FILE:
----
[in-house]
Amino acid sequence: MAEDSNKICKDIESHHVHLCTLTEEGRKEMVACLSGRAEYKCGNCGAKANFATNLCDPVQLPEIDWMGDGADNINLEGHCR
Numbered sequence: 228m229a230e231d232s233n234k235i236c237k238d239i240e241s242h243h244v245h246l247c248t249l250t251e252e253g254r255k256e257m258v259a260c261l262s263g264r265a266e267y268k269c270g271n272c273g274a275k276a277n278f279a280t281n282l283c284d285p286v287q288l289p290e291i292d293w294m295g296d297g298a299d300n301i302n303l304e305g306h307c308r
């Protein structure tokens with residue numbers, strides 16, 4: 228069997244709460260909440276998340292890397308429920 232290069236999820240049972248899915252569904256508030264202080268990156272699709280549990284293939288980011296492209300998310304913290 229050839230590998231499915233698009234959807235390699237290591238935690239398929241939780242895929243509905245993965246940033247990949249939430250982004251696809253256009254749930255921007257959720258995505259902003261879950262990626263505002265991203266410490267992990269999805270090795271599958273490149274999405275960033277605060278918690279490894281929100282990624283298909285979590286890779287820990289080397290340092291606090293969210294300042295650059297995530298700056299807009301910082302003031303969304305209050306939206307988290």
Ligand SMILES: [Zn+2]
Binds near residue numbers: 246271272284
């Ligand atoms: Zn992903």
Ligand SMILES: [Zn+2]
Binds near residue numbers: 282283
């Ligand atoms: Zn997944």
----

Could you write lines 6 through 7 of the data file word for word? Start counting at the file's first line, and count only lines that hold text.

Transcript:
Binds near residue numbers: 246271272284
């Ligand atoms: Zn992903």